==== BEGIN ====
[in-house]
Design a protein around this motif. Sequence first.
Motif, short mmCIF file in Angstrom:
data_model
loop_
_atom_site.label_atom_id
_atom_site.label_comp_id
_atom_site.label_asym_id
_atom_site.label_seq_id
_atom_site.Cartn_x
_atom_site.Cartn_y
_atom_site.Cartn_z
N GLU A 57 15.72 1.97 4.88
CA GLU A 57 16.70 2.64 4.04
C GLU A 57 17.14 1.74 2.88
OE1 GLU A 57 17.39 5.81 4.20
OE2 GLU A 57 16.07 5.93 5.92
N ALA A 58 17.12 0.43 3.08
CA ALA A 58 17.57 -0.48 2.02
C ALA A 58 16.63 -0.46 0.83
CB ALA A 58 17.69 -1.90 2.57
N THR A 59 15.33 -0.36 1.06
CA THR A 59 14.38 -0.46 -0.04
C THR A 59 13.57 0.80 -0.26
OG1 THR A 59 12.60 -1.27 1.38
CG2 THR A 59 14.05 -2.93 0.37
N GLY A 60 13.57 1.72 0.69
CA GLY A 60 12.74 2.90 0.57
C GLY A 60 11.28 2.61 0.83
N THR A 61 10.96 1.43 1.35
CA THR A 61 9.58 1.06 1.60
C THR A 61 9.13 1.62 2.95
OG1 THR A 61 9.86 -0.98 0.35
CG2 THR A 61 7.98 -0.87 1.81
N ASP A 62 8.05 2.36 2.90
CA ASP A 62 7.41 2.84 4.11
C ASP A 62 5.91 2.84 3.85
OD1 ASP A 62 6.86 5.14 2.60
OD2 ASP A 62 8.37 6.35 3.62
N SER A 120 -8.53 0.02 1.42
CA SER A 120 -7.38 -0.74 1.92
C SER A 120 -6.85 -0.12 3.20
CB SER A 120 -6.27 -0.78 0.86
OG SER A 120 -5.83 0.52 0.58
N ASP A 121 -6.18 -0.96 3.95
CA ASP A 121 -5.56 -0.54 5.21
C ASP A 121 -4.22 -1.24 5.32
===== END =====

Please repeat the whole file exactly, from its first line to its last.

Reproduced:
[in-house]
Design a protein around this motif. Sequence first.
Motif, short mmCIF file in Angstrom:
data_model
loop_
_atom_site.label_atom_id
_atom_site.label_comp_id
_atom_site.label_asym_id
_atom_site.label_seq_id
_atom_site.Cartn_x
_atom_site.Cartn_y
_atom_site.Cartn_z
N GLU A 57 15.72 1.97 4.88
CA GLU A 57 16.70 2.64 4.04
C GLU A 57 17.14 1.74 2.88
OE1 GLU A 57 17.39 5.81 4.20
OE2 GLU A 57 16.07 5.93 5.92
N ALA A 58 17.12 0.43 3.08
CA ALA A 58 17.57 -0.48 2.02
C ALA A 58 16.63 -0.46 0.83
CB ALA A 58 17.69 -1.90 2.57
N THR A 59 15.33 -0.36 1.06
CA THR A 59 14.38 -0.46 -0.04
C THR A 59 13.57 0.80 -0.26
OG1 THR A 59 12.60 -1.27 1.38
CG2 THR A 59 14.05 -2.93 0.37
N GLY A 60 13.57 1.72 0.69
CA GLY A 60 12.74 2.90 0.57
C GLY A 60 11.28 2.61 0.83
N THR A 61 10.96 1.43 1.35
CA THR A 61 9.58 1.06 1.60
C THR A 61 9.13 1.62 2.95
OG1 THR A 61 9.86 -0.98 0.35
CG2 THR A 61 7.98 -0.87 1.81
N ASP A 62 8.05 2.36 2.90
CA ASP A 62 7.41 2.84 4.11
C ASP A 62 5.91 2.84 3.85
OD1 ASP A 62 6.86 5.14 2.60
OD2 ASP A 62 8.37 6.35 3.62
N SER A 120 -8.53 0.02 1.42
CA SER A 120 -7.38 -0.74 1.92
C SER A 120 -6.85 -0.12 3.20
CB SER A 120 -6.27 -0.78 0.86
OG SER A 120 -5.83 0.52 0.58
N ASP A 121 -6.18 -0.96 3.95
CA ASP A 121 -5.56 -0.54 5.21
C ASP A 121 -4.22 -1.24 5.32